These are just two examples of how the DOL’s regulation could impact your credit union. Regulations haven’t even been proposed yet, so we are a long way from seeing any of my worst case scenarios become realities. Nevertheless, given the potential scope of the proposal, you should all be keeping an eye out for the DOL regulations once published. It could have a uniquely negative impact on small businesses like credit unions.
New York City is about to impose restrictions on employers that will help answer this question.
Last Thursday the City Council passed by a 47-3 vote legislation that bars employees from requesting or using for employment purposes the consumer credit history of an applicant for employment or otherwise discriminating against an applicant or employee “with regard to hiring, compensation, or the terms, conditions or privileges of employment based on the consumer credit history of the applicant or employee “
“Surly there must be an exception for the financial services industry?” you say. After all we are talking about the capital of world finance where unethical financial gurus can hide billions of dollars easier than I misplace my cell phone.
Not really. The prohibition against credit reports does not apply to an “employee having signatory authority over third-party funds or assets valued at $10,000 or more; or that involves a fiduciary responsibility to the employer with the authority to enter financial agreements valued at $10,000 or more on behalf of the employer.”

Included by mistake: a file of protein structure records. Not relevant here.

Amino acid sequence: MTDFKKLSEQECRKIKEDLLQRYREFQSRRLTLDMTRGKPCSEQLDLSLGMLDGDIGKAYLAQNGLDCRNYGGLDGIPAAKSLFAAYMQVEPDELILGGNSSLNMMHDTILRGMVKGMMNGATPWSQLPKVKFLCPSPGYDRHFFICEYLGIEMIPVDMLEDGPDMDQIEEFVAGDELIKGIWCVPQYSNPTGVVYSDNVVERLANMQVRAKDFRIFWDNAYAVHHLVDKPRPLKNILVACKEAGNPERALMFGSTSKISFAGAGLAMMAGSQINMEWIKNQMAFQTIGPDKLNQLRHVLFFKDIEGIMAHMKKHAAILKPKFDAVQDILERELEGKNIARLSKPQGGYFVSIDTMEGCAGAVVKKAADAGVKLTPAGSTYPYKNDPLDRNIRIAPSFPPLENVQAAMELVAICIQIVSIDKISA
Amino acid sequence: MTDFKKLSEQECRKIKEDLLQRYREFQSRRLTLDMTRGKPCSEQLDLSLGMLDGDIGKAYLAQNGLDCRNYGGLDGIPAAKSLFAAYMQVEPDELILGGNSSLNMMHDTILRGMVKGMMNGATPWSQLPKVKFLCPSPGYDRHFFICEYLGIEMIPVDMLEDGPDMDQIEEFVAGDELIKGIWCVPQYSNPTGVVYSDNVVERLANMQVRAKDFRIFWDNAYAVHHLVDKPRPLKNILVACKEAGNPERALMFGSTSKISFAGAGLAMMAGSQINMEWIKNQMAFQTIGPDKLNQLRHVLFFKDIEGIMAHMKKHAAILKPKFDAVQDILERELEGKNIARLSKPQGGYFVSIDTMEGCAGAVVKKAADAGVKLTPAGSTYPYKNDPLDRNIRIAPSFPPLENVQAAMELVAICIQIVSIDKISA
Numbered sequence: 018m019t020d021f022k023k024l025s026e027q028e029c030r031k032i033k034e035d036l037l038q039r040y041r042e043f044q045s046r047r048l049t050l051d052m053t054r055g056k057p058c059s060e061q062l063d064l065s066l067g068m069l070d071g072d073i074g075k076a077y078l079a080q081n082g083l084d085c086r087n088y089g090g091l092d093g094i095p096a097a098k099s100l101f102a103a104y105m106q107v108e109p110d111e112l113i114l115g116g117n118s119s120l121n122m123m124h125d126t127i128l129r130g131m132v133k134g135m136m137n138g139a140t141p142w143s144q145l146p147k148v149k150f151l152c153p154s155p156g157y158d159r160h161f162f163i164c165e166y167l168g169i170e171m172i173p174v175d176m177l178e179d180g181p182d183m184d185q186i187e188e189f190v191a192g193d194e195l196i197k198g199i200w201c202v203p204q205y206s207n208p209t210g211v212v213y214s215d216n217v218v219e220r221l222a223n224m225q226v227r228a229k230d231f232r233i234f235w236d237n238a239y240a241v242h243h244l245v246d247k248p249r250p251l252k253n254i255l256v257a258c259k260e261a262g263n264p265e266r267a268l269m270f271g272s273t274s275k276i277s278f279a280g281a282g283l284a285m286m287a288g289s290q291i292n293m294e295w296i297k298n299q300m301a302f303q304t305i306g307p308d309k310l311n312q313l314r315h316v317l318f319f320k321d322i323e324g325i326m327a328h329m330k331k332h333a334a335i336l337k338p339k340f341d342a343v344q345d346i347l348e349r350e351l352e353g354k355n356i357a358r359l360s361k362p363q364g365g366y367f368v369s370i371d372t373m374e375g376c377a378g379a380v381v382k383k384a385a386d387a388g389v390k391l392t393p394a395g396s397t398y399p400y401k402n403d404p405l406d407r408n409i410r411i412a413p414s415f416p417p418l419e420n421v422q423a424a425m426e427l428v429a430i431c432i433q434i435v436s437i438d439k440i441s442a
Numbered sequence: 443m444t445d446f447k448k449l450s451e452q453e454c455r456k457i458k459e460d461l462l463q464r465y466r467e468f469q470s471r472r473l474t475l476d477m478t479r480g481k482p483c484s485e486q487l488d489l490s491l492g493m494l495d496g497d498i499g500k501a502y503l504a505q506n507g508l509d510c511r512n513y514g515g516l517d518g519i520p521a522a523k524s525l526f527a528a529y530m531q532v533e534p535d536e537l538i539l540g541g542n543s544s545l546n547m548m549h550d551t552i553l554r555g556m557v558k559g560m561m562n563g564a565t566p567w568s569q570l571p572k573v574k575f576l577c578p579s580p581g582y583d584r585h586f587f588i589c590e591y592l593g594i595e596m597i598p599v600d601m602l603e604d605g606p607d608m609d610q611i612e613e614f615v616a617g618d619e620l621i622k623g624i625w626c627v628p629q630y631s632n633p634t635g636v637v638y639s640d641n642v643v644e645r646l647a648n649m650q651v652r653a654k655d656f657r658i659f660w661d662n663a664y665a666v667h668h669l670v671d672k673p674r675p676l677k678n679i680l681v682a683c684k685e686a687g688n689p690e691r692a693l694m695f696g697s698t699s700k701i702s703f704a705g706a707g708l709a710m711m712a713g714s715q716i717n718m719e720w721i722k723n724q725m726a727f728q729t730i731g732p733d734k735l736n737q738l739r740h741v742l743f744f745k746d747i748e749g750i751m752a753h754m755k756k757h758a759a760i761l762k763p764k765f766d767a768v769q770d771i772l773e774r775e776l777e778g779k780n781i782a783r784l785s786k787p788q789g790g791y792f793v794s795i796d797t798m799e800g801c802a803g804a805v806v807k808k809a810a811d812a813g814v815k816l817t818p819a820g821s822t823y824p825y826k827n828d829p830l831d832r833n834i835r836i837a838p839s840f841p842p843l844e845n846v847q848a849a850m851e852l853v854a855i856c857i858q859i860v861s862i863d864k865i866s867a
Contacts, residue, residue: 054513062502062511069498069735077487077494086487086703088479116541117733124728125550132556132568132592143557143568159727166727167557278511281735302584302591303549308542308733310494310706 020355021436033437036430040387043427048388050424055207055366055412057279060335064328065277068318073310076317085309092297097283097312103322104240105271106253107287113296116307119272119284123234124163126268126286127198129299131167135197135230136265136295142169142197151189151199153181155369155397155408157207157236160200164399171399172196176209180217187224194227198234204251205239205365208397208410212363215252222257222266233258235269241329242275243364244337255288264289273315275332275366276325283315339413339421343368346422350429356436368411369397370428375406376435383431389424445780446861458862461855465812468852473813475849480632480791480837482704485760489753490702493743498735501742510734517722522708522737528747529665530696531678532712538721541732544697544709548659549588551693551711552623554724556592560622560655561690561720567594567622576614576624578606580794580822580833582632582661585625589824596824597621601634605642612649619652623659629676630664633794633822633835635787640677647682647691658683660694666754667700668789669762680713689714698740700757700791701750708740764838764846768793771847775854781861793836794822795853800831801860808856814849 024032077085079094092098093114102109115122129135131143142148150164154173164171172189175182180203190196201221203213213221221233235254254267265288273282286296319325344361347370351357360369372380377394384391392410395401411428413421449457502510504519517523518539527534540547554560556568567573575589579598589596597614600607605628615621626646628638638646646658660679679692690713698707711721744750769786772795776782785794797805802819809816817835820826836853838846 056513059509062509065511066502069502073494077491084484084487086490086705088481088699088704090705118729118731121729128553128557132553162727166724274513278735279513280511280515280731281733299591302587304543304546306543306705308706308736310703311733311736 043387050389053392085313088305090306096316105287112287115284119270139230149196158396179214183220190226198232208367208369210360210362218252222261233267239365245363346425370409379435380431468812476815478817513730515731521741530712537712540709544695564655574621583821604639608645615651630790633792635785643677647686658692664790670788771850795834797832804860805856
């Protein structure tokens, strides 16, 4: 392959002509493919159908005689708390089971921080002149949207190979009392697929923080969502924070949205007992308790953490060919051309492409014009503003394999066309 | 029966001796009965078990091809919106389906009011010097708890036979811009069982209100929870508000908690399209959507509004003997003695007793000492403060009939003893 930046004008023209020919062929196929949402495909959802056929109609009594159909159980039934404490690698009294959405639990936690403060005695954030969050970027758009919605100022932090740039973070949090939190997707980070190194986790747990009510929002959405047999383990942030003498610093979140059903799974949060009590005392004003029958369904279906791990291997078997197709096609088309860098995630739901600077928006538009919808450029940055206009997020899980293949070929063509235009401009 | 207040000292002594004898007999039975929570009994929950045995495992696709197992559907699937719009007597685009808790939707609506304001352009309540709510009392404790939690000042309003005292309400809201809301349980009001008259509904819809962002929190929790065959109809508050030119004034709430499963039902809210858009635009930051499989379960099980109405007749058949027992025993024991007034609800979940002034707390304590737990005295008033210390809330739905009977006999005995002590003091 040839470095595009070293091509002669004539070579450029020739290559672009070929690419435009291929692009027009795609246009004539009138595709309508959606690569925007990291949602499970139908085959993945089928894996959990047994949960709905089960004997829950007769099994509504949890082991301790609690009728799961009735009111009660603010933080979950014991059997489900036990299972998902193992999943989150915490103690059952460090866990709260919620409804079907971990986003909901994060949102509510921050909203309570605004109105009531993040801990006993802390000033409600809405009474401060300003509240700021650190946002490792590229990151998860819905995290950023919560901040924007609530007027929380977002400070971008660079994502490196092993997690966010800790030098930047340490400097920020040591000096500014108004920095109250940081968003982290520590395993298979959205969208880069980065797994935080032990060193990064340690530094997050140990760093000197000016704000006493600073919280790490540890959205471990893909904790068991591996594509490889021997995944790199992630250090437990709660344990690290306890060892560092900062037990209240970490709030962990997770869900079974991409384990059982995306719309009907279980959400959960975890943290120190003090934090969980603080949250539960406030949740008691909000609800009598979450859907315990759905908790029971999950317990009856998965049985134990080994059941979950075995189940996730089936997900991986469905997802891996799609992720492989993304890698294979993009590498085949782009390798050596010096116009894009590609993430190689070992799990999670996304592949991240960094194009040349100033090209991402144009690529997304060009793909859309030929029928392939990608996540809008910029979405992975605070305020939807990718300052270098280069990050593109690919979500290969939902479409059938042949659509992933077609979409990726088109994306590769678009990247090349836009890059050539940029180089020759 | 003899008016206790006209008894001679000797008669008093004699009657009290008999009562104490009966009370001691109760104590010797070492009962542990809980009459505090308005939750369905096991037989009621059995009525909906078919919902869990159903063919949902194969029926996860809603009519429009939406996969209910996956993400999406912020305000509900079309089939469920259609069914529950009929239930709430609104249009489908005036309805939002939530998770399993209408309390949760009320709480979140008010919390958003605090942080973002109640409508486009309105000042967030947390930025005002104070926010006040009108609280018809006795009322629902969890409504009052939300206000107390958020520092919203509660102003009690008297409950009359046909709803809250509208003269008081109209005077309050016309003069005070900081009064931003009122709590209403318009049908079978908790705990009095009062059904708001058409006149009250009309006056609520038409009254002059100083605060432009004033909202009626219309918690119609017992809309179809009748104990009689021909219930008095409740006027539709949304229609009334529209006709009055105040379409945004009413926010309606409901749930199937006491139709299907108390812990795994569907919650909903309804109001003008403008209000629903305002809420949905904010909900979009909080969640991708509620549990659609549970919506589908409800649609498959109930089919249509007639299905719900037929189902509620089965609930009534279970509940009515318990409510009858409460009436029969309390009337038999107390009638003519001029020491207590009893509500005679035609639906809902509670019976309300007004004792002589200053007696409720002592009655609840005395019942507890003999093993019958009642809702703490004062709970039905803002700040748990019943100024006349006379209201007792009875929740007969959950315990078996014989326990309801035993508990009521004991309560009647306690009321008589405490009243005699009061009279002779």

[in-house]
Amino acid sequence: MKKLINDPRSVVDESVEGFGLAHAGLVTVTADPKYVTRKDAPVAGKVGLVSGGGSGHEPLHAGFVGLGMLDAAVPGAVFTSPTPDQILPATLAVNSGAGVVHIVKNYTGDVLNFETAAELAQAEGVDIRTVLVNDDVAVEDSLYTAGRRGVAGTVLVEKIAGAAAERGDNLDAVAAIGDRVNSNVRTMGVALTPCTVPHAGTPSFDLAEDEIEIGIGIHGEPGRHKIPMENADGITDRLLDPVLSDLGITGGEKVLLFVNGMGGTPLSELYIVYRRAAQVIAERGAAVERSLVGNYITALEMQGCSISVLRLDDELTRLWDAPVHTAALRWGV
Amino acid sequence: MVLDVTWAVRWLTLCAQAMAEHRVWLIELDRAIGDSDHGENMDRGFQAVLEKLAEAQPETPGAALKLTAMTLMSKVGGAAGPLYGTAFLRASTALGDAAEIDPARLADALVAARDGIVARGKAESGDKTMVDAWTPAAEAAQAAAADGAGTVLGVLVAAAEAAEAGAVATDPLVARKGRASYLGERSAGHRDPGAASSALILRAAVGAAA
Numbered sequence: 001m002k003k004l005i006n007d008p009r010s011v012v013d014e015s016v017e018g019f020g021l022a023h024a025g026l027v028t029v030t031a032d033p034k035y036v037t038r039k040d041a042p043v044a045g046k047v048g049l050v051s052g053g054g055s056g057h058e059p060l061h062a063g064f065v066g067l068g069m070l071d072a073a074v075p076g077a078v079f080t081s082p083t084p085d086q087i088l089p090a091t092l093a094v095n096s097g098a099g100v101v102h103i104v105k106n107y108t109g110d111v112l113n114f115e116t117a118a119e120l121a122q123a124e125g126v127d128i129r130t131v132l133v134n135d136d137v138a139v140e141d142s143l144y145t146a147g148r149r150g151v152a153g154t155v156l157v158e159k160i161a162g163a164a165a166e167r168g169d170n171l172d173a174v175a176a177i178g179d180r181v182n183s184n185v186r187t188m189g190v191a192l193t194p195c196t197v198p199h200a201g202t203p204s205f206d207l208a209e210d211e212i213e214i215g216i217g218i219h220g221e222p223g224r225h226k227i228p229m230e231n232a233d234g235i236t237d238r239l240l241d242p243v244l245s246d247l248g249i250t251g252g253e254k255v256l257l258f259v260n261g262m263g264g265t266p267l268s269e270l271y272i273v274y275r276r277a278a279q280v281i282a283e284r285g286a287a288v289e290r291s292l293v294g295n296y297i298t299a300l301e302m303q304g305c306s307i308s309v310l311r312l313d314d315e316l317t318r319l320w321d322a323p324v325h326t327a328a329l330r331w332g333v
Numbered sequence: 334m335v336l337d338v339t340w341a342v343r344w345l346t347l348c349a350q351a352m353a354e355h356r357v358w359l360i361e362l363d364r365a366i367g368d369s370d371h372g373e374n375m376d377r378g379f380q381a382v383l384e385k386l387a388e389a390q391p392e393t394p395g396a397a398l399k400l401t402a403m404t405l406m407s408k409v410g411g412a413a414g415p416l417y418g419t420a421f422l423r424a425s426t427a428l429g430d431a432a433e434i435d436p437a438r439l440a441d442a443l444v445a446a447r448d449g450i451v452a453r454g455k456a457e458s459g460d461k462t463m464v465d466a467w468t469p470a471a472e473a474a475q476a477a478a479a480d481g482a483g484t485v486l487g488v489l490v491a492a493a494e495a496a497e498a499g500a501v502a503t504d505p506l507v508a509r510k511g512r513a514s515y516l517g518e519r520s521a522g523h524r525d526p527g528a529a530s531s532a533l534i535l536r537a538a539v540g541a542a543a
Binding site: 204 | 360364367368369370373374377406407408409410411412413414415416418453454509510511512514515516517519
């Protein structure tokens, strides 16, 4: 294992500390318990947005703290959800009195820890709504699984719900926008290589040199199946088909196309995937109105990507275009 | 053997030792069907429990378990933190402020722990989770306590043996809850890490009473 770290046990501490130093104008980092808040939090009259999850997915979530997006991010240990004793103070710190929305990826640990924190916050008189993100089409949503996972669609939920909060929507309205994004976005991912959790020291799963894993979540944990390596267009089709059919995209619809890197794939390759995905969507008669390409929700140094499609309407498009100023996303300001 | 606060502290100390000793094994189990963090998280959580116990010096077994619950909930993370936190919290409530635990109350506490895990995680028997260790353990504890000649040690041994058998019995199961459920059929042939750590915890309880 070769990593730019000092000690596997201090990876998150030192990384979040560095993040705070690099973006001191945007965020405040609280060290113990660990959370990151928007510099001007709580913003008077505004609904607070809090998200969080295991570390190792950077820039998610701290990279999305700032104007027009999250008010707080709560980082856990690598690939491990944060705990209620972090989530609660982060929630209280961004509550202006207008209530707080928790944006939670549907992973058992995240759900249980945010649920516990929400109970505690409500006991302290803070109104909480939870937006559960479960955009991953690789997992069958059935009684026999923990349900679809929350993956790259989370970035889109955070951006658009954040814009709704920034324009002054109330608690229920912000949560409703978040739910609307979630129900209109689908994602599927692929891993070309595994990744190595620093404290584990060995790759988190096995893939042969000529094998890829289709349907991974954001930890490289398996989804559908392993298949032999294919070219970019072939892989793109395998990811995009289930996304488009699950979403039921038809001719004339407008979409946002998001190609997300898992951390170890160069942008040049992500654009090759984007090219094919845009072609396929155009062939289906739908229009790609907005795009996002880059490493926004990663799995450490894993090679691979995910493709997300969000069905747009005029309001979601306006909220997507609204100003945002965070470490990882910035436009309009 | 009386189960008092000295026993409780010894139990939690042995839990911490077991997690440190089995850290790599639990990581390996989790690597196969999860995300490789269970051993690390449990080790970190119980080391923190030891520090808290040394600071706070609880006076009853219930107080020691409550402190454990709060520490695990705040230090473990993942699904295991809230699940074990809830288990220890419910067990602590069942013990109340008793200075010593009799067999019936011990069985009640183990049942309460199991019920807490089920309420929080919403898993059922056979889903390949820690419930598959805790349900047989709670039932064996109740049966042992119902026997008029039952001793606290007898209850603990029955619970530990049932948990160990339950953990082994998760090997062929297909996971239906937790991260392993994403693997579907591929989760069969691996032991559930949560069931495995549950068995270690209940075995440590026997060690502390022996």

Since there is no categorical exception for banks and credit unions those of you in the city seeking to utilize this exception will have to parse the quoted language on a case-by-case basis. I would suggest it is worth doing so only for the most senior positions with the most direct control over your credit union
Another exception applies to a position “with regular duties that allow the employee to modify digital security systems established to prevent the unauthorized use of the employers or client’s networks or databases.”
This does seem broad enough to cover a good portion of but not all of your I.T. staff but it is also vague enough to raise some troubling questions. For example, does the exception apply to persons whose duties authorize them to modify data security networks, or, more broadly, to individuals whose jobs enable them to access sensitive computer networks? If the narrower definition applies than you won’t be allowed to do credit checks on the Edward Snowden wannabes of the world who have no compunction against gaining unauthorized access to employer systems.
If you’re saying to yourself that, since you live outside of the Big Apple, you don’t have to worry about this measure you are wrong. Similar bills are already floating around the state legislature and the support for this measure will provide a real push to getting a similar measure approved on the state level.